This practice isn't convenient for me, nor is it in network--but I gave it a shot. My original plan was to go once a week during the month of July, but now it's October and I'm still at it. One of my previous PTs stressed the fact that if a course of treatment doesn't seem to be working after a few weeks, it's time to seek a new practice.
But I did start seeing some improvements--small, though, and not necessarily lasting--so I have kept at it. During my initial assessment, Robert noticed that I had barely any mobility in my left (bad side) ankle. Think about your knee coming over your foot during a stride--without mobility in your ankle, the kinetic chain doesn't work. In addition to my foot pain, I've been having a lot of pain down the side of my leg (peroneal tendon) so it makes sense that I was torquing it somehow.
The ankle stuff has improved with targeted stretches and some seriously painful manual work. I had a decent week of running while in Cape Cod and was encouraged. But the pain returned upon my return home, and even though treatment helped each week, it wasn't keeping the issue from coming back.
I was honest with Robert and he promised to really think about what else might be going on. While he was thinking, he and I also strategized about other things that might be getting in my way--namely the hours spent on the spin bike in lieu of running. I had a bike fit in the spring, but per Robert's suggestion I actually went a bit against the bike fitter's advice and moved my cleat as far back toward my heel as possible.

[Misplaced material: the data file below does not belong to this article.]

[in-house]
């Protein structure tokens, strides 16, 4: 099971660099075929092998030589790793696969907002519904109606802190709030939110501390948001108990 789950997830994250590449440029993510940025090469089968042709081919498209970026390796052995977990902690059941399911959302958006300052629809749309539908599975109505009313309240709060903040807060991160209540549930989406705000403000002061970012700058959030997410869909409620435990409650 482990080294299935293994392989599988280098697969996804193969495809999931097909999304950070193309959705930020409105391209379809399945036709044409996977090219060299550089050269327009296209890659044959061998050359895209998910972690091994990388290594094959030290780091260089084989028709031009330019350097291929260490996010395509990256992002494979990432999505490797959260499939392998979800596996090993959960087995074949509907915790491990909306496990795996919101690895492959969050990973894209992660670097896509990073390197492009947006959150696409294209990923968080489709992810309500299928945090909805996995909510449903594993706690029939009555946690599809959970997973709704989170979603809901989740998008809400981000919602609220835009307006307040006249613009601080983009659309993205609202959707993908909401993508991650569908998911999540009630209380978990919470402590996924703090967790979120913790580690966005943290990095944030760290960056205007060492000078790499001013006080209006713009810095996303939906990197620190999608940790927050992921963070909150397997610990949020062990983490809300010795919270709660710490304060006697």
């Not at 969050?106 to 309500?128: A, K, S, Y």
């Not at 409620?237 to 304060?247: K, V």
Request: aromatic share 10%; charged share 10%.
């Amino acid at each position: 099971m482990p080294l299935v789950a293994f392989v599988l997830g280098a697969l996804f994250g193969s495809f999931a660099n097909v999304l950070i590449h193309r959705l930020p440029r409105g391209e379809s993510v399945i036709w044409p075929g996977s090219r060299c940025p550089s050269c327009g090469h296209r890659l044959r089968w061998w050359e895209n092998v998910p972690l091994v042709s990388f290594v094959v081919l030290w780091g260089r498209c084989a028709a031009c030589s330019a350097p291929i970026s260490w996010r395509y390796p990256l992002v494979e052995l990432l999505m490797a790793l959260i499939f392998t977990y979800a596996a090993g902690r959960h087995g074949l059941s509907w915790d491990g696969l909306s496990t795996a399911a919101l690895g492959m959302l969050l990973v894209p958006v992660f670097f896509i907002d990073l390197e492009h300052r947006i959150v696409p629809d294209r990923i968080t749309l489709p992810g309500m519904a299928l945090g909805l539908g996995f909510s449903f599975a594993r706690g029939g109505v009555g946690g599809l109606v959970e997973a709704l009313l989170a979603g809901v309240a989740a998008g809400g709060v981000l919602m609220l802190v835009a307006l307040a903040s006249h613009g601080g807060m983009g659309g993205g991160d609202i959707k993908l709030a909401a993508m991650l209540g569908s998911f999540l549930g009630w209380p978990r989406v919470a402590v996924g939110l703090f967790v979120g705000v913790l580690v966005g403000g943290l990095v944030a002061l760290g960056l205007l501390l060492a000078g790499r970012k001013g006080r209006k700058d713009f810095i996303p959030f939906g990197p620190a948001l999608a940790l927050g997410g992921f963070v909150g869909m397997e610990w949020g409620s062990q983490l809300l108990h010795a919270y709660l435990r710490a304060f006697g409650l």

Over the past couple of weeks, Robert has done some additional assessments and discovered my lack of core and hip strength. I do a ton of (what I thought was) core work, but probably not the right core work. And I'm not surprised about my hips. So I've been learning some basic, but still challenging, hip strengthening exercises (like clamshells) and am trying to be as diligent as possible.
This week, Robert watched me run on a treadmill at PT. I've been through this many times before and the comments from the observer usually range from "Well, that's different" to "I've never seen a more biomechanically incorrect stride." I didn't get any judgment this time, but here's what I learned. I normally wouldn't post pictures of my ass for the world to see, but in the name of recovery, it's important.
So now I have even more work to do. The "vaulting" thing really throws me. How do I change that? I know that Ted and others have worked on stride changing with success, but I've tried it before and I feel like it didn't stick. Good luck to me!